Ramadan Abroad

Amazing view from Christiansborg Palace

As Ramadan knocks on the door, cities worldwide light up and prepare for the month of fasting, but in Copenhagen life goes on as it normally would.  Ramadan is the ninth month in the Islamic calendar – it’s a time of fasting for Muslims. During this time food and drink are not allowed to be consumed from dawn to sunset. During the fast, we are not allowed to eat or drink anything. For me, during the summer back home, the fasts last for only 14-16 hours, but in Denmark, the sun sets close to 10 pm and rises at 4 am. That’s 20 hours of fasting during the hottest summer Demark has ever experienced.

When I applied for my study abroad program I didn’t really take into account that I was going to be spending Ramadan abroad, on my own, in the land where the sun never sets. I was really nervous about having to walk everywhere in the hot sun and I thought I was going to miss out on a lot of activities because of my lack of energy.

While traveling, it’s easy to become dehydrated when you’re not fasting, and even easier to do so while fasting. I made sure to hydrate plenty during the evening. I also made sure to take things slowly instead of trying to see all of Copenhagen at once. I realized that six weeks was more than enough time to sightsee and I made it a goal of mine to go sight-seeing at least three times out of the week and to do at least a couple of activities throughout the week. This allows me to enjoy my time without feeling drained. Fasting during my study abroad trip has definitely made this experience better.

Ruweida Kulane is a freshman at the University of Missouri-Kansas City studying Business Administration with an emphasis in Finance and Entrepreneurship. Ruweida is spending the summer abroad with DIS Study Abroad in Copenhagen, Denmark as a Gilman Scholar.

Student blog entries posted to the Roos Abroad Blog may not reflect the opinions and recommendations of UMKC Study Abroad and International Academic Programs. The blog is intended to give students a forum for free expression of thoughts and experiences abroad in a respectful space.

Solo Travel P. II

Upon arriving in Krakow, I checked my bags and headed into town to make one of two guided tours of the day. The first was of the Jewish Quarter and lasted for nearly three hours. We visited many historic sites, including many locations from the movie Schindler’s List. We ended the tour at the actual factory and were invited to walk through the museum, but because I only had one free day in Krakow, I chose to walk back to the Old Town and start another tour. The Old Town tour I took in the afternoon was interesting and intimate, being only three people and the guide. We walked throughout the Main Market Square and listened to the guide tell us different facts, some of which were about Pope John Paul II. We concluded the trip at Wawel Castle, which is one of the most captivating buildings I’ve seen, architecturally speaking because of the noticeable varied influences and designs throughout the castle. I spent the rest of the evening talking with a group of people staying at the hostel. We all managed to book different trips to Auschwitz the following day.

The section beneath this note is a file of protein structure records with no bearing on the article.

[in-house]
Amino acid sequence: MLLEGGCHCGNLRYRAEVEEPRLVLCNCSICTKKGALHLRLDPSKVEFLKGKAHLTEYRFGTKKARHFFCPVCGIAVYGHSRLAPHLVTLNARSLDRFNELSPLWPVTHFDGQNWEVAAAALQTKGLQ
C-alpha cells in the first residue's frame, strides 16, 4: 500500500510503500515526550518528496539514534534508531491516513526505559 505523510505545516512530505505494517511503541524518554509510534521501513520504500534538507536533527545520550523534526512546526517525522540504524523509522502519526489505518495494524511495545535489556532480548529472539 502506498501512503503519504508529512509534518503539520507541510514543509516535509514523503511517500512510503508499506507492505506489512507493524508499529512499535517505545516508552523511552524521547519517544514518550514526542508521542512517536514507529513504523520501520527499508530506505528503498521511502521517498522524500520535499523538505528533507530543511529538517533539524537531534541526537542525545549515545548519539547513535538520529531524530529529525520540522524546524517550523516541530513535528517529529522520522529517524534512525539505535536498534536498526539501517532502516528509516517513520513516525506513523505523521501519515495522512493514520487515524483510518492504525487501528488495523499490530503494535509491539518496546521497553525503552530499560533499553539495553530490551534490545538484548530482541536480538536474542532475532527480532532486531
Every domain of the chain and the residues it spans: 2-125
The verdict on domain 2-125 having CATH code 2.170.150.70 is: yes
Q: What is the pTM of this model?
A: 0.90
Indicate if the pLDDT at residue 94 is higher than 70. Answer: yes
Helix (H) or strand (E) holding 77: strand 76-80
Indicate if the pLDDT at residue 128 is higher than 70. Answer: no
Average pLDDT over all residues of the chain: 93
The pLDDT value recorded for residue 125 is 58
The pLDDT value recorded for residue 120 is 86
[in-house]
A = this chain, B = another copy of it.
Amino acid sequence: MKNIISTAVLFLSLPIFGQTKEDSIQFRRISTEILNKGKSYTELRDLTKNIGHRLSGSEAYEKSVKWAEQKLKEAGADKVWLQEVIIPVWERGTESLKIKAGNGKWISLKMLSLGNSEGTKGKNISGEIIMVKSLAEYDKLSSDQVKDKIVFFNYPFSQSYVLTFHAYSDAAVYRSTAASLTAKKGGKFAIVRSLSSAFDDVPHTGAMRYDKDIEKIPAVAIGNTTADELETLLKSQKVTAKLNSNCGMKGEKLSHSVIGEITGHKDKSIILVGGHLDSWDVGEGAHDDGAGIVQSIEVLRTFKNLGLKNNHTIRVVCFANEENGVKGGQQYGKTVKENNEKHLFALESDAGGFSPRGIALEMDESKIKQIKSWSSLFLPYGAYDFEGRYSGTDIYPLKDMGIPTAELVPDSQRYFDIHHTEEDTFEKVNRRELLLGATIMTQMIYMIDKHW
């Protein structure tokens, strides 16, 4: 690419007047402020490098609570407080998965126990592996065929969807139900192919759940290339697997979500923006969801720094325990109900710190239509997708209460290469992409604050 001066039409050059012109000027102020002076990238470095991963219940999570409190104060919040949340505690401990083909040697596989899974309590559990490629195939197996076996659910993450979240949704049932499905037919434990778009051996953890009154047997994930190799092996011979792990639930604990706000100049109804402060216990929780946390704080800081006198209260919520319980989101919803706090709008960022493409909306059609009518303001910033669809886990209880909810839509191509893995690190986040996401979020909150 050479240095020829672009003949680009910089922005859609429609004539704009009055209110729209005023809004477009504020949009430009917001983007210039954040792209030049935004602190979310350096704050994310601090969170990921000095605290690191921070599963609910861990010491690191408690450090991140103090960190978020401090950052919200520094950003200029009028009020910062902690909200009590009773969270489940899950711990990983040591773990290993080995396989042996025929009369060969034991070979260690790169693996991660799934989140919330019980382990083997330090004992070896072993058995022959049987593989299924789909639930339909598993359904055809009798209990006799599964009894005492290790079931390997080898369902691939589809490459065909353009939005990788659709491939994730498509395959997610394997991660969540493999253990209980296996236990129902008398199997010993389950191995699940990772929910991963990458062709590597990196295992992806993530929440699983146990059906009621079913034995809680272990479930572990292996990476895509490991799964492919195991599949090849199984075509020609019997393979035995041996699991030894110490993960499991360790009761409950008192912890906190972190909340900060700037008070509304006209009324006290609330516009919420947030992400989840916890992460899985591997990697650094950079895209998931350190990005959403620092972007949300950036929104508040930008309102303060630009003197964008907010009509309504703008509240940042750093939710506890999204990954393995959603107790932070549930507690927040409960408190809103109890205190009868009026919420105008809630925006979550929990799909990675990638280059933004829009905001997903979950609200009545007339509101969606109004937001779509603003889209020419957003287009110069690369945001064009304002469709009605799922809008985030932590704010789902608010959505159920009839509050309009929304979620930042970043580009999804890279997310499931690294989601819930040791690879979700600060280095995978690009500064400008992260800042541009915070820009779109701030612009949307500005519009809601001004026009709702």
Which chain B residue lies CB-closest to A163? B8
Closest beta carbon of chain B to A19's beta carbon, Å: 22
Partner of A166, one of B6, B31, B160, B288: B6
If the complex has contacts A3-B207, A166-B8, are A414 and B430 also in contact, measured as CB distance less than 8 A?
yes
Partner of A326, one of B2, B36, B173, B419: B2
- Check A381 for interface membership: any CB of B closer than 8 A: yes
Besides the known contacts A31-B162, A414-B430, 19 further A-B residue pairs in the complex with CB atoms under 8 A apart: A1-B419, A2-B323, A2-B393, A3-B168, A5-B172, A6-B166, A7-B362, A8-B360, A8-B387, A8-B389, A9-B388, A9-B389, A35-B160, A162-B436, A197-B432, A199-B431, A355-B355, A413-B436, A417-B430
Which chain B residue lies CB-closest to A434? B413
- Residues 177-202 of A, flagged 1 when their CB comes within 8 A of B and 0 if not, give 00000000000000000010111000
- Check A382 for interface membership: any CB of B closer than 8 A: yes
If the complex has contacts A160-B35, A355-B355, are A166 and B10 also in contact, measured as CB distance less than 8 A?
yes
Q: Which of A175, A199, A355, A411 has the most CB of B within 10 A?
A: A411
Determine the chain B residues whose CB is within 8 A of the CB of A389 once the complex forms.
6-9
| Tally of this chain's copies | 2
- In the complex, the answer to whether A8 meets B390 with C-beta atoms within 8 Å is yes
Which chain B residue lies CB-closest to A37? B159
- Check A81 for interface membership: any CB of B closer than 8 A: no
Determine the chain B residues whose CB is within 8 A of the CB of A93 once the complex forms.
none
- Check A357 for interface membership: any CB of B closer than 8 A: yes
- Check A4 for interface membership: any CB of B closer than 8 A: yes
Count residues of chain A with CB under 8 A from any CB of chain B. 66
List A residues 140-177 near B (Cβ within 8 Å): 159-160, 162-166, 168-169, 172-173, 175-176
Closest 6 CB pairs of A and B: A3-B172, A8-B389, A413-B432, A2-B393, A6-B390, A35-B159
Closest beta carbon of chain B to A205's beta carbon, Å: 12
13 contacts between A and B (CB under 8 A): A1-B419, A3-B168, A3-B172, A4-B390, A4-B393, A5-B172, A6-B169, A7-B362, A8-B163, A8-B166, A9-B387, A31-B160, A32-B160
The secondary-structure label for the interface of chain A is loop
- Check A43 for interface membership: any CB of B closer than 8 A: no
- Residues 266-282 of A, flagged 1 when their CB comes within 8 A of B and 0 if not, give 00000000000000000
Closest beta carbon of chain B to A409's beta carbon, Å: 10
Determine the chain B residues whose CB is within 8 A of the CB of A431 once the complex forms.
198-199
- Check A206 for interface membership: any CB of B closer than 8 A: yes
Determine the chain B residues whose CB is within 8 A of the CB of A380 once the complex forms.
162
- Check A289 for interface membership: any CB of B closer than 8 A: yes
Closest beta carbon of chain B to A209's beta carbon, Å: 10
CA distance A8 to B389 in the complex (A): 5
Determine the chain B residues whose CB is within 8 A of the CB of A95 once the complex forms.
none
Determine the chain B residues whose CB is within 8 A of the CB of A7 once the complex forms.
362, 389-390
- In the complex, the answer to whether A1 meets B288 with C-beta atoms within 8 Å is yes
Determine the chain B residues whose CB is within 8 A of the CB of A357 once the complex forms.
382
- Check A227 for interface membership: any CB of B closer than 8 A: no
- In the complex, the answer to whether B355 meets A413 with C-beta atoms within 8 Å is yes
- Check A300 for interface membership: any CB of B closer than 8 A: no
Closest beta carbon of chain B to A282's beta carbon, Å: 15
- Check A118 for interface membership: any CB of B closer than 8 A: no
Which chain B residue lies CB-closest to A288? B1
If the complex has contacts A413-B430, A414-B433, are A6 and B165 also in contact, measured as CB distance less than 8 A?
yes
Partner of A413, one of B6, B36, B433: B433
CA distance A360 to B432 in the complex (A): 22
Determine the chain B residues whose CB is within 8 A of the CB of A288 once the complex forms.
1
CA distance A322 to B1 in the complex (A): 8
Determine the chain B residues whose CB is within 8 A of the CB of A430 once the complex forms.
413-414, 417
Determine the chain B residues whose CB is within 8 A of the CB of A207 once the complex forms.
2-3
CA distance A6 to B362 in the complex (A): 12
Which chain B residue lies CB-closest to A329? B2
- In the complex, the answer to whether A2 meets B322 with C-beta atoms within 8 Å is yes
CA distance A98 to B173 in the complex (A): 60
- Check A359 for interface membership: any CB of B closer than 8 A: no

My trip to the concentration camp was the only thing I planned for that day, and I could probably write an entire post on that experience alone. This is the second Nazi camp I’ve been to, but Dachau was a work camp as opposed to a death camp. Auschwitz I was our first stop; many of the barracks have been turned into exhibits. After visiting a few, our mini bus took us to Birkenau. The sheer size of the camp was overwhelming and intimidating, with the infamous train tracks leading through the gate. Being in a Nazi camp is like nothing I have ever experienced before and I full-heartedly think everyone should once in their lifetime.


After an incredible, but exhausting two days in Poland, I left early to catch a flight to Copenhagen. Meandering around the city the first day, my full day was spent on more guided tours. By this point in the trip, my feet had blisters upon blisters and I was sort of tired of traveling alone. But there really isn’t a better place to cheer yourself up than Copenhagen. The people truly are as friendly as they are stereotyped to be. The city is beautiful, so picturesque and vibrant. One thing I suggest anyone who visits is to walk, or enter, Tivoli Gardens at night and experience the magic that prompted Walt Disney to create his empire.



My final stop was Amsterdam in the Netherlands. I only had one afternoon here before catching a flight back to London. I walked through the canals from the hostel to Museumplein, the art district of Amsterdam. I made my way through the beautiful Rijksmuseum and had lunch in the park before visiting the Van Gogh museum. Afterwards, I walked through a street market, as recommended by the receptionist at the hostel and through the city center, making a stop at Anne Frank’s house before heading in for the night.


When I started my study abroad experience, I never though I would have traveled on my own. Looking back now, this is the best thing I could have ever done, and is definitely one of the highlights of my whole experience. For anyone considering making a solo-travel trip, I could not suggest it highly enough. If you have any questions, feel free to ask!

Thank you so much for keeping up with me, and I really hope you’ve enjoyed hearing about my travels as much as I’ve enjoyed reliving them.

Xx Jessica